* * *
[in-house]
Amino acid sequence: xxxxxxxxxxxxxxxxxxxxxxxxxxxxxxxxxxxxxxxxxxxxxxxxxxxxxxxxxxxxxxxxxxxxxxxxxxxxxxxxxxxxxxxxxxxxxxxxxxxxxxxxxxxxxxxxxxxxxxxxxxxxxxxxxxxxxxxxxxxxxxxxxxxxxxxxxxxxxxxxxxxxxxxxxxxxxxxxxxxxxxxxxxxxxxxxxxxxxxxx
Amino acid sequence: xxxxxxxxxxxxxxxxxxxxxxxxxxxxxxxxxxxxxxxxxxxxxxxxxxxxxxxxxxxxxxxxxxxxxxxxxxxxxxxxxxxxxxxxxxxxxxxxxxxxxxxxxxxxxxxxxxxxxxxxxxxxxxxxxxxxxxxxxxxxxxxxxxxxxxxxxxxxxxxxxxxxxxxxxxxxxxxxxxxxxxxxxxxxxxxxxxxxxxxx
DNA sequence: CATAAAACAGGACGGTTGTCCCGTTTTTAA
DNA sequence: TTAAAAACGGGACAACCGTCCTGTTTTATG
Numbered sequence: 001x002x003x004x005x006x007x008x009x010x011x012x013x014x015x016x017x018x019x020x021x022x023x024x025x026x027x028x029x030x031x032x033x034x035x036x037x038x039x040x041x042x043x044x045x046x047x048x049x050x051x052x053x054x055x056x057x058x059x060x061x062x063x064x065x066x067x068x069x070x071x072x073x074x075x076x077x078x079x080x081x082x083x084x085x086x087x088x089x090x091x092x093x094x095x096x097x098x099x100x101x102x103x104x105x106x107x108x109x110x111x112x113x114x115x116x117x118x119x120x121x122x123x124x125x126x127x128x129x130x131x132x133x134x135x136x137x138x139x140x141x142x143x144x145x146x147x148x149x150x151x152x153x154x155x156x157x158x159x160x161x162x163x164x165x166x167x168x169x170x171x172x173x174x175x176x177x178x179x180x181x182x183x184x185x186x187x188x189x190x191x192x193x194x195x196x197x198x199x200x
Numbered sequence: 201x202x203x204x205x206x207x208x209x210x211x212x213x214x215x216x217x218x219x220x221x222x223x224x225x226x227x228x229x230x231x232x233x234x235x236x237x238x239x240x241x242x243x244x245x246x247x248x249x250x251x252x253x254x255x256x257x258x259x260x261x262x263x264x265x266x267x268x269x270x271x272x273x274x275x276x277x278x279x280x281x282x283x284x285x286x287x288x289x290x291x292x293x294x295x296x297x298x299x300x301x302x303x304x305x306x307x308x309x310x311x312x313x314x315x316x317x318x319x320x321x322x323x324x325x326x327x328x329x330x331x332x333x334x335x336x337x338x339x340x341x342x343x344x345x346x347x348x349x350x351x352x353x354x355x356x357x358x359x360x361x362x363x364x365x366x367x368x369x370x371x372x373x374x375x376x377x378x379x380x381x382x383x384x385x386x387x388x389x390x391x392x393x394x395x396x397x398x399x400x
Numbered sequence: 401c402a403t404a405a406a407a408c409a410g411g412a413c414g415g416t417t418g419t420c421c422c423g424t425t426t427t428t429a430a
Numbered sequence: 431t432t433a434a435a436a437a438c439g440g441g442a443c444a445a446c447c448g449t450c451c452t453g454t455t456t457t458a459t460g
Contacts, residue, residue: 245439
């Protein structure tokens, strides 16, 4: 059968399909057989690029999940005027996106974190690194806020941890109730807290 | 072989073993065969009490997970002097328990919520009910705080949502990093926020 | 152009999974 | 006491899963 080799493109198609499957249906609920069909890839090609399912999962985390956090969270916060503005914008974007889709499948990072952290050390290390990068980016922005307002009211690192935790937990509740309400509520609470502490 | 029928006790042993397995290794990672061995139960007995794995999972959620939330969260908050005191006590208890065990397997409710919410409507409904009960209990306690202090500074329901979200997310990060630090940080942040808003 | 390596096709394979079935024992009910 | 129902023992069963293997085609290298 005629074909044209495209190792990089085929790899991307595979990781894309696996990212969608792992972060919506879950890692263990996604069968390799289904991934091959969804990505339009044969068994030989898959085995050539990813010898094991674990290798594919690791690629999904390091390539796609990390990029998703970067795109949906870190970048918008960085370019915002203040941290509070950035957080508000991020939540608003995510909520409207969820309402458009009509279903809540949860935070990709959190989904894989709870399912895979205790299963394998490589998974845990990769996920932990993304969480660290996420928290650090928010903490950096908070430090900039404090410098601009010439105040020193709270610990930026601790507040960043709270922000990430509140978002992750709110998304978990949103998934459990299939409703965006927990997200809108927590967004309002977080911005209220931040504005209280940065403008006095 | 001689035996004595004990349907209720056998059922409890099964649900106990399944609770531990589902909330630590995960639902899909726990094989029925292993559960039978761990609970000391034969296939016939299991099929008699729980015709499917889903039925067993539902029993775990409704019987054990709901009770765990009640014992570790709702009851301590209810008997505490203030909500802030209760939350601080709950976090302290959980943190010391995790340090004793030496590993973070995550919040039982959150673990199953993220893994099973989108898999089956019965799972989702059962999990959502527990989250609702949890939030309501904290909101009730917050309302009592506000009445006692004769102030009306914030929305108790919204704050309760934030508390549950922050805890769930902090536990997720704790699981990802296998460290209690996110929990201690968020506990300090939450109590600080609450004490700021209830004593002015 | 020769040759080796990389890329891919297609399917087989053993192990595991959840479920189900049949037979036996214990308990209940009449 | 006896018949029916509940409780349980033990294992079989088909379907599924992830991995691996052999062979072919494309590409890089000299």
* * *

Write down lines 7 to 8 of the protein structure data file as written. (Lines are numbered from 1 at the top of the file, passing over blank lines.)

Numbered sequence: 201x202x203x204x205x206x207x208x209x210x211x212x213x214x215x216x217x218x219x220x221x222x223x224x225x226x227x228x229x230x231x232x233x234x235x236x237x238x239x240x241x242x243x244x245x246x247x248x249x250x251x252x253x254x255x256x257x258x259x260x261x262x263x264x265x266x267x268x269x270x271x272x273x274x275x276x277x278x279x280x281x282x283x284x285x286x287x288x289x290x291x292x293x294x295x296x297x298x299x300x301x302x303x304x305x306x307x308x309x310x311x312x313x314x315x316x317x318x319x320x321x322x323x324x325x326x327x328x329x330x331x332x333x334x335x336x337x338x339x340x341x342x343x344x345x346x347x348x349x350x351x352x353x354x355x356x357x358x359x360x361x362x363x364x365x366x367x368x369x370x371x372x373x374x375x376x377x378x379x380x381x382x383x384x385x386x387x388x389x390x391x392x393x394x395x396x397x398x399x400x
Numbered sequence: 401c402a403t404a405a406a407a408c409a410g411g412a413c414g415g416t417t418g419t420c421c422c423g424t425t426t427t428t429a430a